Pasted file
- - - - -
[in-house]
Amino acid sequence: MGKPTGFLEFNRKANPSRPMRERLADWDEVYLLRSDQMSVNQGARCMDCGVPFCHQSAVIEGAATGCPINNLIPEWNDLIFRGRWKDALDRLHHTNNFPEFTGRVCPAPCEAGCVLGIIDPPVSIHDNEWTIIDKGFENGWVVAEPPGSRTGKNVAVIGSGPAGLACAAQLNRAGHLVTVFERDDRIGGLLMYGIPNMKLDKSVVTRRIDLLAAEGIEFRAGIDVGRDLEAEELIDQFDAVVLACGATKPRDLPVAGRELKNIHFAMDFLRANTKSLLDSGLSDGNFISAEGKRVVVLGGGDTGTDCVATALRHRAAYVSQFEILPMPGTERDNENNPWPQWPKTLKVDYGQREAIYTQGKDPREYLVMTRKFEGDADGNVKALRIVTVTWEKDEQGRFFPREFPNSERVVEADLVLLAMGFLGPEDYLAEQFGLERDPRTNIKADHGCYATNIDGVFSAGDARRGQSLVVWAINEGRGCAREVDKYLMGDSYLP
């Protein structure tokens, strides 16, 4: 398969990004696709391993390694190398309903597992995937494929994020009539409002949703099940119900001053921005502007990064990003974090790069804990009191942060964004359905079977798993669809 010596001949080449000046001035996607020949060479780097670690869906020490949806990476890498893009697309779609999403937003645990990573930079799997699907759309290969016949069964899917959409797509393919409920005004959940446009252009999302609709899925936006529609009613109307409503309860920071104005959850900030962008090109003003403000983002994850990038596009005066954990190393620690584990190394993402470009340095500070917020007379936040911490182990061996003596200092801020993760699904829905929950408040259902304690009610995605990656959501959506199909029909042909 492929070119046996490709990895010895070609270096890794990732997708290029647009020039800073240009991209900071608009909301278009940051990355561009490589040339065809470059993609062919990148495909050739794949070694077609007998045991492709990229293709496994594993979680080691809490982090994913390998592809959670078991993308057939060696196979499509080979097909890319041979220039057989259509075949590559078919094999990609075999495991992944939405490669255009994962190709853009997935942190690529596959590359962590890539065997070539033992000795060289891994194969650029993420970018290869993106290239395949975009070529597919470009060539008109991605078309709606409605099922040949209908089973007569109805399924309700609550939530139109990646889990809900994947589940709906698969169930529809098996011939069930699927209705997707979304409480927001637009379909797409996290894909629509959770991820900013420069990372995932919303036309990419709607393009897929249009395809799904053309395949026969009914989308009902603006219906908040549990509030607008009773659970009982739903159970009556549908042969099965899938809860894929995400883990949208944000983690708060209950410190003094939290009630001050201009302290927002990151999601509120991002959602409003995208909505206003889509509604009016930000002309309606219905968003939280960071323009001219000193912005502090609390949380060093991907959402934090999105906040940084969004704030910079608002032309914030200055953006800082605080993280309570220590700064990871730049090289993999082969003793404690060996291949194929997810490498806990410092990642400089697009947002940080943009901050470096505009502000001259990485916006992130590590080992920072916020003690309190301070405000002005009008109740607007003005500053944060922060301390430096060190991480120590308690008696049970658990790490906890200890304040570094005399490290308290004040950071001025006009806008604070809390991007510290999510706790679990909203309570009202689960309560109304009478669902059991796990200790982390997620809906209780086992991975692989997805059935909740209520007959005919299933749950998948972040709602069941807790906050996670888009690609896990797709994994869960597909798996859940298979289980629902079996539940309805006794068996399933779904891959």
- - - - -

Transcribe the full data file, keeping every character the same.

[in-house]
Amino acid sequence: MGKPTGFLEFNRKANPSRPMRERLADWDEVYLLRSDQMSVNQGARCMDCGVPFCHQSAVIEGAATGCPINNLIPEWNDLIFRGRWKDALDRLHHTNNFPEFTGRVCPAPCEAGCVLGIIDPPVSIHDNEWTIIDKGFENGWVVAEPPGSRTGKNVAVIGSGPAGLACAAQLNRAGHLVTVFERDDRIGGLLMYGIPNMKLDKSVVTRRIDLLAAEGIEFRAGIDVGRDLEAEELIDQFDAVVLACGATKPRDLPVAGRELKNIHFAMDFLRANTKSLLDSGLSDGNFISAEGKRVVVLGGGDTGTDCVATALRHRAAYVSQFEILPMPGTERDNENNPWPQWPKTLKVDYGQREAIYTQGKDPREYLVMTRKFEGDADGNVKALRIVTVTWEKDEQGRFFPREFPNSERVVEADLVLLAMGFLGPEDYLAEQFGLERDPRTNIKADHGCYATNIDGVFSAGDARRGQSLVVWAINEGRGCAREVDKYLMGDSYLP
């Protein structure tokens, strides 16, 4: 398969990004696709391993390694190398309903597992995937494929994020009539409002949703099940119900001053921005502007990064990003974090790069804990009191942060964004359905079977798993669809 010596001949080449000046001035996607020949060479780097670690869906020490949806990476890498893009697309779609999403937003645990990573930079799997699907759309290969016949069964899917959409797509393919409920005004959940446009252009999302609709899925936006529609009613109307409503309860920071104005959850900030962008090109003003403000983002994850990038596009005066954990190393620690584990190394993402470009340095500070917020007379936040911490182990061996003596200092801020993760699904829905929950408040259902304690009610995605990656959501959506199909029909042909 492929070119046996490709990895010895070609270096890794990732997708290029647009020039800073240009991209900071608009909301278009940051990355561009490589040339065809470059993609062919990148495909050739794949070694077609007998045991492709990229293709496994594993979680080691809490982090994913390998592809959670078991993308057939060696196979499509080979097909890319041979220039057989259509075949590559078919094999990609075999495991992944939405490669255009994962190709853009997935942190690529596959590359962590890539065997070539033992000795060289891994194969650029993420970018290869993106290239395949975009070529597919470009060539008109991605078309709606409605099922040949209908089973007569109805399924309700609550939530139109990646889990809900994947589940709906698969169930529809098996011939069930699927209705997707979304409480927001637009379909797409996290894909629509959770991820900013420069990372995932919303036309990419709607393009897929249009395809799904053309395949026969009914989308009902603006219906908040549990509030607008009773659970009982739903159970009556549908042969099965899938809860894929995400883990949208944000983690708060209950410190003094939290009630001050201009302290927002990151999601509120991002959602409003995208909505206003889509509604009016930000002309309606219905968003939280960071323009001219000193912005502090609390949380060093991907959402934090999105906040940084969004704030910079608002032309914030200055953006800082605080993280309570220590700064990871730049090289993999082969003793404690060996291949194929997810490498806990410092990642400089697009947002940080943009901050470096505009502000001259990485916006992130590590080992920072916020003690309190301070405000002005009008109740607007003005500053944060922060301390430096060190991480120590308690008696049970658990790490906890200890304040570094005399490290308290004040950071001025006009806008604070809390991007510290999510706790679990909203309570009202689960309560109304009478669902059991796990200790982390997620809906209780086992991975692989997805059935909740209520007959005919299933749950998948972040709602069941807790906050996670888009690609896990797709994994869960597909798996859940298979289980629902079996539940309805006794068996399933779904891959």